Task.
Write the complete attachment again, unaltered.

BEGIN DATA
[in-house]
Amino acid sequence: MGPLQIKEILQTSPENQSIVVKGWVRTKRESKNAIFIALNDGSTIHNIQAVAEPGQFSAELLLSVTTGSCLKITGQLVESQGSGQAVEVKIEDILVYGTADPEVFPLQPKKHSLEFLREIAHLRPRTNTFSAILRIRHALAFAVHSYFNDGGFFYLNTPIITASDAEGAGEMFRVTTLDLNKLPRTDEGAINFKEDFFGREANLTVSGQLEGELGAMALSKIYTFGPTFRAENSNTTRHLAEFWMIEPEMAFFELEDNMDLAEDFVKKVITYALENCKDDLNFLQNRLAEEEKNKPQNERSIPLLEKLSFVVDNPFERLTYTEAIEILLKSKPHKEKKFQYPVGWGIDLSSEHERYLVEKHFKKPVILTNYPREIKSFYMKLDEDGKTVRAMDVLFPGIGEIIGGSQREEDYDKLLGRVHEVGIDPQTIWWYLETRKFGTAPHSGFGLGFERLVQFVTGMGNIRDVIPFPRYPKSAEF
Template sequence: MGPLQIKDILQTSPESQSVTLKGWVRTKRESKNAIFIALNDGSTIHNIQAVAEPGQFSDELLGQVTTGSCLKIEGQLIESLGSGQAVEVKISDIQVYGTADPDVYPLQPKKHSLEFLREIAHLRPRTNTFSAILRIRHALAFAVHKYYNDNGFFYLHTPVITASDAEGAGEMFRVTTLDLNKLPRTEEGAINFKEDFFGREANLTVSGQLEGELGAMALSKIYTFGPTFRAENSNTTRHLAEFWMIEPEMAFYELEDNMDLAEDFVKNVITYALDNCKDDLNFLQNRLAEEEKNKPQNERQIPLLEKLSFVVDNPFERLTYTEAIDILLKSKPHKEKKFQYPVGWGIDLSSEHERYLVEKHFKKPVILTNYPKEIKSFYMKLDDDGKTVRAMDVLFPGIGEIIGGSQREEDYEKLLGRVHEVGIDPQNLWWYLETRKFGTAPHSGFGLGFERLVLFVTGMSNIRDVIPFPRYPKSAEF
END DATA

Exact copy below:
[in-house]
Amino acid sequence: MGPLQIKEILQTSPENQSIVVKGWVRTKRESKNAIFIALNDGSTIHNIQAVAEPGQFSAELLLSVTTGSCLKITGQLVESQGSGQAVEVKIEDILVYGTADPEVFPLQPKKHSLEFLREIAHLRPRTNTFSAILRIRHALAFAVHSYFNDGGFFYLNTPIITASDAEGAGEMFRVTTLDLNKLPRTDEGAINFKEDFFGREANLTVSGQLEGELGAMALSKIYTFGPTFRAENSNTTRHLAEFWMIEPEMAFFELEDNMDLAEDFVKKVITYALENCKDDLNFLQNRLAEEEKNKPQNERSIPLLEKLSFVVDNPFERLTYTEAIEILLKSKPHKEKKFQYPVGWGIDLSSEHERYLVEKHFKKPVILTNYPREIKSFYMKLDEDGKTVRAMDVLFPGIGEIIGGSQREEDYDKLLGRVHEVGIDPQTIWWYLETRKFGTAPHSGFGLGFERLVQFVTGMGNIRDVIPFPRYPKSAEF
Template sequence: MGPLQIKDILQTSPESQSVTLKGWVRTKRESKNAIFIALNDGSTIHNIQAVAEPGQFSDELLGQVTTGSCLKIEGQLIESLGSGQAVEVKISDIQVYGTADPDVYPLQPKKHSLEFLREIAHLRPRTNTFSAILRIRHALAFAVHKYYNDNGFFYLHTPVITASDAEGAGEMFRVTTLDLNKLPRTEEGAINFKEDFFGREANLTVSGQLEGELGAMALSKIYTFGPTFRAENSNTTRHLAEFWMIEPEMAFYELEDNMDLAEDFVKNVITYALDNCKDDLNFLQNRLAEEEKNKPQNERQIPLLEKLSFVVDNPFERLTYTEAIDILLKSKPHKEKKFQYPVGWGIDLSSEHERYLVEKHFKKPVILTNYPKEIKSFYMKLDDDGKTVRAMDVLFPGIGEIIGGSQREEDYEKLLGRVHEVGIDPQNLWWYLETRKFGTAPHSGFGLGFERLVLFVTGMSNIRDVIPFPRYPKSAEF